Conflict of Interest Disclosures: Authors followed the policy regarding conflicts of interest described at https://www.uspreventiveservicestaskforce.org/Page/Name/conflict-of-interest-disclosures. All members of the USPSTF receive travel reimbursement and an honorarium for participating in USPSTF meetings. Dr Barry reported receiving grants and personal fees from Healthwise.

Funding/Support: The USPSTF is an independent, voluntary body. The US Congress mandates that the Agency for Healthcare Research and Quality (AHRQ) support the operations of the USPSTF.

Role of the Funder/Sponsor: AHRQ staff assisted in the following: development and review of the research plan, commission of the systematic evidence review from an Evidence-based Practice Center, coordination of expert review and public comment of the draft evidence report and draft recommendation statement, and the writing and preparation of the final recommendation statement and its submission for publication. AHRQ staff had no role in the approval of the final recommendation statement or the decision to submit for publication.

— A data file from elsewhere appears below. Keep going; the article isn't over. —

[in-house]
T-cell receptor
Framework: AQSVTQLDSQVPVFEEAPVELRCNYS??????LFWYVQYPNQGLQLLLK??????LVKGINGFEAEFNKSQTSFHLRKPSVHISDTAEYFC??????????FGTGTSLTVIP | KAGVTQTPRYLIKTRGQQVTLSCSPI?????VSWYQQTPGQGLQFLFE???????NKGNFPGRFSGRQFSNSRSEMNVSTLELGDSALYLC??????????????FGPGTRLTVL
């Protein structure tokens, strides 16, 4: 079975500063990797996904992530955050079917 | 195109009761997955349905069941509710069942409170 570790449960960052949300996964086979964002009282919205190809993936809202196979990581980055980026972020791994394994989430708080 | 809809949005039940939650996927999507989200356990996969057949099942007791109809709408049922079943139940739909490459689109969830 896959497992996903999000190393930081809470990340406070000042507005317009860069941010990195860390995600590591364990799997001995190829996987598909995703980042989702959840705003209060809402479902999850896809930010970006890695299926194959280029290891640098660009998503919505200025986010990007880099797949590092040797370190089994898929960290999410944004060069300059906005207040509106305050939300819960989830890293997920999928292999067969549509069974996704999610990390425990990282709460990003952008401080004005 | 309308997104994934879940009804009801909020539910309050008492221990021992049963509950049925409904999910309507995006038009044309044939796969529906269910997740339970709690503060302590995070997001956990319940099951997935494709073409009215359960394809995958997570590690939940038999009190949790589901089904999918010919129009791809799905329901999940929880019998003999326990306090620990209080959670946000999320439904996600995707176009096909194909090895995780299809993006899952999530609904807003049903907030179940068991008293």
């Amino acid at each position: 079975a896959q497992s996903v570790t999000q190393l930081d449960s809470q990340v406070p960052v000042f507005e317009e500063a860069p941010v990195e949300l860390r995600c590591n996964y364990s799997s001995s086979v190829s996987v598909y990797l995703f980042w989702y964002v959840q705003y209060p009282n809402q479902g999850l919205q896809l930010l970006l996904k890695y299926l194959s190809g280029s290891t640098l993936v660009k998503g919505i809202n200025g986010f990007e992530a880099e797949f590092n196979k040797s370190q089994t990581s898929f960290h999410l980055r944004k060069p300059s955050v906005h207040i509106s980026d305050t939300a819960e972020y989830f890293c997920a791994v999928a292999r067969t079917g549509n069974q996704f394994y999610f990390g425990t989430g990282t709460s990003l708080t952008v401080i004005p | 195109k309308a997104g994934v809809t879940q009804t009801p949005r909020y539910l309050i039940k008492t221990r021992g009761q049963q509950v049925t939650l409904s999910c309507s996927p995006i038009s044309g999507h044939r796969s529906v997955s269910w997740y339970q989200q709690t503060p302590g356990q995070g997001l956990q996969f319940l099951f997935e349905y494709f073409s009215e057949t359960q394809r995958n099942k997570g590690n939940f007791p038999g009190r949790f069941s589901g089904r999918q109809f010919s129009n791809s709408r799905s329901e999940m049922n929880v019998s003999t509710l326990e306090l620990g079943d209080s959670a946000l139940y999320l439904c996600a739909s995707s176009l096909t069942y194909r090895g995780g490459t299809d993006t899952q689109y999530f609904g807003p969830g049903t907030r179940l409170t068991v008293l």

Disclaimer: Recommendations made by the USPSTF are independent of the US government. They should not be construed as an official position of AHRQ or the US Department of Health and Human Services.

Additional Contributions: We thank Howard Tracer, MD (AHRQ), who contributed to the writing of the manuscript, and Lisa Nicolella, MA (AHRQ), who assisted with coordination and editing.

Additional Information: The USPSTF makes recommendations about the effectiveness of specific preventive care services for patients without obvious related signs or symptoms. It bases its recommendations on the evidence of both the benefits and harms of the service and an assessment of the balance. The USPSTF does not consider the costs of providing a service in this assessment. The USPSTF recognizes that clinical decisions involve more considerations than evidence alone. Clinicians should understand the evidence but individualize decision-making to the specific patient or situation. Similarly, the USPSTF notes that policy and coverage decisions involve considerations in addition to the evidence of clinical benefits and harms.